Beijing responded with its own militia trawlers, and there was a low-intensity sea battle with both sides ramming the other’s ships and using high-powered water hoses against the crews. At least six crew members were injured and one Vietnamese vessel was sunk after being rammed.
Thus the militia has been at the forefront of Beijing’s campaign over the last 30 years to seize control over the South China Sea.
Seven militarized islands
Maritime Militia ships led the charge when Beijing occupied Mischief Reef in the Spratly Islands in 1994. The feature, also claimed by the Philippines, Taiwan and Vietnam, has since been built into an island by Beijing’s forces, and is now one of seven militarized islands it has created in the South China Sea.
In 2012, militia fishing vessels again led the charge for Beijing’s occupation of the Scarborough Shoal, which had been clearly part of the Philippines’ territory since the early 18th century.
The seizing of this territory by Beijing led the Manila government to launch an action at the Permanent Court of Arbitration. In July 2016 the court ruled that there was “no legal basis for China to claim historic rights” over any areas of the South China Sea.
Beijing has dismissed the court ruling with contempt and has doubled down on taking possession of the South China Sea. Most of the construction of the seven islands equipped with airfields and military outposts has been done since the court judgment.
Ships of the Maritime Militia have also been used to trespass into territorial waters around the Japanese-owned Senkaku Islands, which Beijing claims and calls the Diaoyu Tai.
Senaku Islands incident
For decades the Japanese Coast Guard, on orders from Tokyo, monitored Chinese trawlers operating in territorial waters off the islands, but did not interfere. That changed in March 2010, when about 30 Chinese trawlers invaded Japanese territorial waters around the islands, and another 100-or-so Chinese fishing vessels lurked just outside the territorial zone.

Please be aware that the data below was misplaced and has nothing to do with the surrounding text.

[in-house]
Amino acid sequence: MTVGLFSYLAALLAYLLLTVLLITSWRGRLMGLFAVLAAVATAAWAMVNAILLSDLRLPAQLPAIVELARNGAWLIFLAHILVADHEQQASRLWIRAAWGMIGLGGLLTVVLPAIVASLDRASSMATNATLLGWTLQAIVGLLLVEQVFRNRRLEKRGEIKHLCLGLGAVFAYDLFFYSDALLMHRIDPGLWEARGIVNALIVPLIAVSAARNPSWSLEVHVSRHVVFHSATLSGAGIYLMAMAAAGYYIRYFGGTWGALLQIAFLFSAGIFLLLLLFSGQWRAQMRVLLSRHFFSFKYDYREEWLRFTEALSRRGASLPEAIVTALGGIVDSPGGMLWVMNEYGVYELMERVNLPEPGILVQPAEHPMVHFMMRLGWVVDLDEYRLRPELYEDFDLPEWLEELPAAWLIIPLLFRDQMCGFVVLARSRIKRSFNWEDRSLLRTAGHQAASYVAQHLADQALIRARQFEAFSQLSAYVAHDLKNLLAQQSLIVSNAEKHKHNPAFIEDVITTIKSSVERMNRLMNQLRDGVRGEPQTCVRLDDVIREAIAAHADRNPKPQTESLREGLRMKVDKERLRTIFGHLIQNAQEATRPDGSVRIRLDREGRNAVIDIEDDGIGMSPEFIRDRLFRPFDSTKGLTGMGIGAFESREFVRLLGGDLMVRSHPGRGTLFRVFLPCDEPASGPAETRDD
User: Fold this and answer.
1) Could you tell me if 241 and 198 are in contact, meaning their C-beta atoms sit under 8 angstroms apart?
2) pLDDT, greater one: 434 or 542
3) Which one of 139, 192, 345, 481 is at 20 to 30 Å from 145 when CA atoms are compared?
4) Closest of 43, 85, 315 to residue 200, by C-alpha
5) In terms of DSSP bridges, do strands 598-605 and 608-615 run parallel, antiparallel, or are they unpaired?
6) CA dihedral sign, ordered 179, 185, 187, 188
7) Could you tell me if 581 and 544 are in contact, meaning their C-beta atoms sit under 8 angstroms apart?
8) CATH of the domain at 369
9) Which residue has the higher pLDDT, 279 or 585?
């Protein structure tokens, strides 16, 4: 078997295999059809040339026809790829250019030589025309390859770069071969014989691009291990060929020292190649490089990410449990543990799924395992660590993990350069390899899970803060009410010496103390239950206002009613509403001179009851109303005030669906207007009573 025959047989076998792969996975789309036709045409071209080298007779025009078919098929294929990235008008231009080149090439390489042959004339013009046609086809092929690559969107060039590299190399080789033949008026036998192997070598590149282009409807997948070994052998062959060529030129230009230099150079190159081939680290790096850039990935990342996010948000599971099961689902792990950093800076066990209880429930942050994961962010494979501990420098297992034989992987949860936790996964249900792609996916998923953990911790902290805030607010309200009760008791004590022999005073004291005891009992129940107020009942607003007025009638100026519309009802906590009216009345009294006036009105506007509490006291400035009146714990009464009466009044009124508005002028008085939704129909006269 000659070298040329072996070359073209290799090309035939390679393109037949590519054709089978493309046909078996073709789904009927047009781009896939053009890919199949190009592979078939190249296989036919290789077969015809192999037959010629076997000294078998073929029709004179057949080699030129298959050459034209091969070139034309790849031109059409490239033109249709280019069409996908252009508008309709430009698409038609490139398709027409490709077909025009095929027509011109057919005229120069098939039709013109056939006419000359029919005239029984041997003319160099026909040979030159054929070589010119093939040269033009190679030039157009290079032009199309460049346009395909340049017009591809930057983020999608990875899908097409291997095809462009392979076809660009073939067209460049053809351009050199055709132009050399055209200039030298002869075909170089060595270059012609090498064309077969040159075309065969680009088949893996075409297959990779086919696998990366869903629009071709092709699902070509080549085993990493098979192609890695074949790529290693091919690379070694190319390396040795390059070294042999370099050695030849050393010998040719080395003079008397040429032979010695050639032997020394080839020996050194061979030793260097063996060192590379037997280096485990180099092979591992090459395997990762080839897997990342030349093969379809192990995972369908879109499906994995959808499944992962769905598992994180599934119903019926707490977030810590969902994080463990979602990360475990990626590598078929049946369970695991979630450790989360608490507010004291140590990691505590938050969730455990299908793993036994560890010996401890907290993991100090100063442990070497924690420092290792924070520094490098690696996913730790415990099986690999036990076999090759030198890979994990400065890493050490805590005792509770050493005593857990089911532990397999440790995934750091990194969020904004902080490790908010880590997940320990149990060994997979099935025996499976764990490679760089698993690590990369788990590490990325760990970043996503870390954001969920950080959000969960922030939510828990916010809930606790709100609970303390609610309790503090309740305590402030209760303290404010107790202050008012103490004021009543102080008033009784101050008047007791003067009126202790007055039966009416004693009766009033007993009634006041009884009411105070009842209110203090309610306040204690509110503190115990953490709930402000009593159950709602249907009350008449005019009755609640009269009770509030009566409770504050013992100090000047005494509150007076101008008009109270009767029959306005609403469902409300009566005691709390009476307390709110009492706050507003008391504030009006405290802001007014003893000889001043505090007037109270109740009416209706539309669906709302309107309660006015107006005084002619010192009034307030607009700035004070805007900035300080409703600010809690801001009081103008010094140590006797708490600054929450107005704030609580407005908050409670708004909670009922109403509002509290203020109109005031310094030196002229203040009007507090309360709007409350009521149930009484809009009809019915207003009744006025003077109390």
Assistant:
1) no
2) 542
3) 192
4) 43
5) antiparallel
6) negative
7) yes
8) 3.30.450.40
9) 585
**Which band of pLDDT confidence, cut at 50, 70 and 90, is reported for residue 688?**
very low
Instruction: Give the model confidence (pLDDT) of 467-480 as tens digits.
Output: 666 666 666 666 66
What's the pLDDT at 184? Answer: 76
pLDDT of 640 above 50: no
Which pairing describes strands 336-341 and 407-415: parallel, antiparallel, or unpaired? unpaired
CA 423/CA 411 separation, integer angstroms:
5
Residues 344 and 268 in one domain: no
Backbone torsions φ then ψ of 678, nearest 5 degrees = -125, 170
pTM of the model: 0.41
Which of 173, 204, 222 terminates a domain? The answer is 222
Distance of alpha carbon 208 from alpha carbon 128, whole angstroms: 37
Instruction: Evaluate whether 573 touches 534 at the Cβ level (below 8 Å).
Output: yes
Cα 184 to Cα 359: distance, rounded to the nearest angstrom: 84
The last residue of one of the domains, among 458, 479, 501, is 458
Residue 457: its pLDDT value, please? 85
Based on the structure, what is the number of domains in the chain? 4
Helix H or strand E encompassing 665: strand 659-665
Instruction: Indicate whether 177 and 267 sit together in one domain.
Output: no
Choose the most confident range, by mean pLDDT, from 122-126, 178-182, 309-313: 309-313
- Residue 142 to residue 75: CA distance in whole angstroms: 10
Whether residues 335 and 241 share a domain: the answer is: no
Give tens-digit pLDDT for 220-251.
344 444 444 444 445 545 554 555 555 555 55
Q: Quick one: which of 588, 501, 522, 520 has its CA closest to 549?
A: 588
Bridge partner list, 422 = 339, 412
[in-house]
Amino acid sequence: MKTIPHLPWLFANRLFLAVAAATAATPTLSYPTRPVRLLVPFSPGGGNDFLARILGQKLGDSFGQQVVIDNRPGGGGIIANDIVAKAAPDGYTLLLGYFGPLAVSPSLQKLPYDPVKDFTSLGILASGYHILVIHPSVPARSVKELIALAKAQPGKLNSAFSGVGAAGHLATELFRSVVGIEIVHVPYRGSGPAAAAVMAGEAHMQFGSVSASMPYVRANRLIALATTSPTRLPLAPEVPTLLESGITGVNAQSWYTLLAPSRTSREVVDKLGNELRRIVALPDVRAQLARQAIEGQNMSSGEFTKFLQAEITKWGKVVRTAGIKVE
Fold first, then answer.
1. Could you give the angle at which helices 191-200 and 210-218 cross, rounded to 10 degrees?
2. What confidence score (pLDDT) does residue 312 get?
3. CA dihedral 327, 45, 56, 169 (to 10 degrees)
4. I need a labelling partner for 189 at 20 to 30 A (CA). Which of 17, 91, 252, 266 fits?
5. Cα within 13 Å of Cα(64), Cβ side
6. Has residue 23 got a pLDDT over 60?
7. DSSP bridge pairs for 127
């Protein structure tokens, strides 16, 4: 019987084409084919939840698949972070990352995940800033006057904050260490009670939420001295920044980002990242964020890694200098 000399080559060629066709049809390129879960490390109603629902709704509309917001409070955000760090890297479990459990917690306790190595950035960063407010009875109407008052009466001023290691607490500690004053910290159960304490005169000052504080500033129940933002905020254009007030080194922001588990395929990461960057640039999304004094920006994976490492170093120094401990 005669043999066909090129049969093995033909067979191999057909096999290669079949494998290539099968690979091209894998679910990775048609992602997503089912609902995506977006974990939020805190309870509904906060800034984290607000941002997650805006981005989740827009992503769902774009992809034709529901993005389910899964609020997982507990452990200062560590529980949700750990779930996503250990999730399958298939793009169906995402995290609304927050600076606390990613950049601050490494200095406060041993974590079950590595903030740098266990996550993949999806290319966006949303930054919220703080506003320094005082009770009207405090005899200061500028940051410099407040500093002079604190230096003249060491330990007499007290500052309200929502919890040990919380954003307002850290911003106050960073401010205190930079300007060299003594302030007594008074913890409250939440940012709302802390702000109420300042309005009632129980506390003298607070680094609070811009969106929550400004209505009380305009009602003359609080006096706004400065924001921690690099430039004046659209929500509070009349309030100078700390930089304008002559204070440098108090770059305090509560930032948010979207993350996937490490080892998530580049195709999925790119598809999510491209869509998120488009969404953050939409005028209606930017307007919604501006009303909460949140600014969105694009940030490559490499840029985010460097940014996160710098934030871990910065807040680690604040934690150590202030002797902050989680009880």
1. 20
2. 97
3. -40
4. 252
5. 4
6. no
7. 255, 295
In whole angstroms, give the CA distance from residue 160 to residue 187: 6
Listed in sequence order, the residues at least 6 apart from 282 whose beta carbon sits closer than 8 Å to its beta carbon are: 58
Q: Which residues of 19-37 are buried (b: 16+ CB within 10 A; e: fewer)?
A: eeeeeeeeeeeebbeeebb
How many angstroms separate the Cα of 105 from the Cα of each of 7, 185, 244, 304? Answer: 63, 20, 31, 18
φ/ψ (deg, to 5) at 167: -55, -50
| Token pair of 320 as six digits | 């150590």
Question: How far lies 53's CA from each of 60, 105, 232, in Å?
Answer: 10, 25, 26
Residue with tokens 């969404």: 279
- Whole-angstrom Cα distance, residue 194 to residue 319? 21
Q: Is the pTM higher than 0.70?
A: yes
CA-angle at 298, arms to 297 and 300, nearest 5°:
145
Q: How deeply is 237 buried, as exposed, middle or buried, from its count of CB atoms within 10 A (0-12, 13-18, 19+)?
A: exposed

The Japanese Coast Guard ordered the Chinese ships to leave, and all did except the Minjinyu 5179, which not only refused to budge, but then rammed the side of the Japanese ship.
The captain and crew were arrested, and the captain was put on trial and convicted. This led to a heated diplomatic exchange between Tokyo and Beijing, and a round of economic sanctions.
Since then there have been relatively few incursions around the islands by the Maritime Militia, but the number of overflights by Chinese military aircraft has grown dramatically.
Several commentators this week noted the apparent efforts by Beijing to avoid provocation in the 70th-anniversary celebrations. About 20 ships from other navies, including Japan, took part in the sail-past. And the holding of the event off Qingdao in the Yellow Sea rather than in the South China Sea was interpreted as an expression of goodwill.
But it is perhaps easy to be magnanimous when the trailblazers of imperial expansion are not the destroyers, aircraft carriers and submarines of the naval fleet, but the trained and highly-motivated crews of Beijing’s Maritime Militia trawlers.